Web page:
Best Article In Indigenous History Prize

I’m honoured and deeply humbled to have won, alongside Madeline Whetung, the Canadian Historical Association Best Article In Indigenous History Prize.

Madeline Whetung’s article “(En)Gendering Shoreline Law: Nishnaabeg Relational Politics Along the Trent Severn Waterway” is a must read. Whetung examines the concept of shoreline law as a means of discussing place-based kinship ties that the Mississaugas hold with water and land and other beings with which they share territory.

My article, “Challenging Colonial Spaces: Reconciliation and Decolonizing Work In Canadian Archives” seeks to highlight existing colonial frameworks within the Canadian archival system and explore the impact of the Truth and Reconciliation Commission of Canada on Canadian archival practices.

The article would not have been possible without the guidance of the Children of Shingwauk Alumni, my colleagues at the Shingwauk Residential Schools Centre, and the advice of Skylee-Storm Hogan.

Photo by Thor Alvis on Unsplash

Breaking Barriers Through Decolonial Community Based Archival Practice

My latest collaboration with Skylee-Storm Hogan is out in the world. We wrote a book chapter, “Breaking Barriers Through Decolonial Community Based Archival Practice” for Archives and Special Collections as Sites of Contestation edited by Mary Kandiuk.

The chapter discusses the work of the Shingwauk Residential Schools Centre (SRSC) as a way of opposing colonial archival impulses. It focuses on community archival practices, with a look at the work the SRSC has done to engage Survivors and communities in digital spaces.

As always, I’m grateful to for the chance to work with Skylee-Storm on this and the chapter is infinitely stronger because of their efforts and insights.

Photo by Jonas Jacobsson on Unsplash

Material Culture Theme Week

This week over on Activehistory.ca we are sharing the Material Culture Theme week I had the joy of editing. This week brings together folks who work with material culture both inside and outside academia.

The week is filled with posts on textiles, learning with material culture, family connections to making, and cultural meaning attached to objects. Go check it out.

A huge thank you to all the contributors and folks who made this week come together. You are awesome.

Material Culture Theme Week

Poster for theme week

Active History is organizing a 2020 theme week around material culture. Modeled after the 2019 Museum Theme Week (http://activehistory.ca/museum-theme-week/) this series aims to expand the conversation about material culture and highlight the work of those studying the materiality of the past.

We welcome contributions from academics, public historians, museum professionals, makers, community practitioners, and anyone engaged in thinking about material culture and the past.

Blog posts are welcomed on a range of topics including (but not limited to):

  • How can object-centred approaches to studying the past change our understanding of history? 
  • What is material culture? How does material culture fit within academic or public history scholarship?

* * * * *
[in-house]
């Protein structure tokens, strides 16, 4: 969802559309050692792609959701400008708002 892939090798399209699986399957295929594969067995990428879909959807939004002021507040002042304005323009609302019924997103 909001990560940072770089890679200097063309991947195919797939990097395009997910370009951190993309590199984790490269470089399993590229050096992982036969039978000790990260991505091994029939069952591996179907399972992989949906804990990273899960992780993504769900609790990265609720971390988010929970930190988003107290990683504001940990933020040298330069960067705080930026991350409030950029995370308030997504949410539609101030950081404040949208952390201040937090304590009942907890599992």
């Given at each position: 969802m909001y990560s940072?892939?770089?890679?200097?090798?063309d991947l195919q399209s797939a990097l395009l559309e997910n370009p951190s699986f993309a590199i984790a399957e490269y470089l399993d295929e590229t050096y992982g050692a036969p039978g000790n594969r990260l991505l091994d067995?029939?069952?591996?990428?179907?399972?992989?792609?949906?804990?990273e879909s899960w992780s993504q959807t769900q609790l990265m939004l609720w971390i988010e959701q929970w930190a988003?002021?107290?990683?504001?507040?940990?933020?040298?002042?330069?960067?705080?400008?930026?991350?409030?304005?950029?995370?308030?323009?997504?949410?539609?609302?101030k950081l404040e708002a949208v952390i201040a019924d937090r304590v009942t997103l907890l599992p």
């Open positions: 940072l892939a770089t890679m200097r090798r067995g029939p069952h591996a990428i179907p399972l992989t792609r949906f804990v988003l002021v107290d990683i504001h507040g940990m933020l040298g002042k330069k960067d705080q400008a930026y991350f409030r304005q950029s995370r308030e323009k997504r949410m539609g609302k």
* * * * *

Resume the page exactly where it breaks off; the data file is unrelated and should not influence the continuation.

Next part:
• Examples of community-led approaches to material culture research and collecting
  • Decolonizing approaches material culture
  • Case study examples of material culture analysis  

Active History posts are between 700 and 1500 words, avoid jargon, use hyperlinks over footnotes, and we encourage the use of images to illustrate posts. We also ask that the style of writing is accessible to a wide audience. Draft posts are due by February 24, 2020.

Questions and pitches can be directed to series editor Krista McCracken at krista.mccracken@gmail.com

Appropriation vs. Incorporation: Indigenous Content in the Canadian History Classroom

My latest post, written with Skylee-Storm Hogan and Andrea Eidinger for the Activehistory.ca Beyond the Lecture series is up now.

Appropriation vs. Incorporation: Indigenous Content in the Canadian History Classroom” looks how historians can include Indigenous content in post-secondary classrooms, with an emphasis on providing practical steps and resources.

Challenging Colonial Spaces: Reconciliation and Decolonizing Work in Canadian Archives

silver typewriter in shallow focus photography

My latest article, “Challenging Colonial Spaces: Reconciliation and Decolonizing Work in Canadian Archives,” can now be found in the Canadian Historical Review.

For interested folks, here is the abstract for the article:
As historians and the public engage with, address, and teach the history of residential schools, it is important to look at how that history has been recorded, taught, and preserved in Canada. The examination of archival structures illuminates the incompatible nature of many archival practices and Indigenous ways of knowing. Set within a context of reconciliation efforts, this article seeks to highlight existing colonial frameworks within the Canadian archival system and explore the impact of the Truth and Reconciliation Commission of Canada on Canadian archival practices.

Photo credit: Peter Lewicki on Unsplash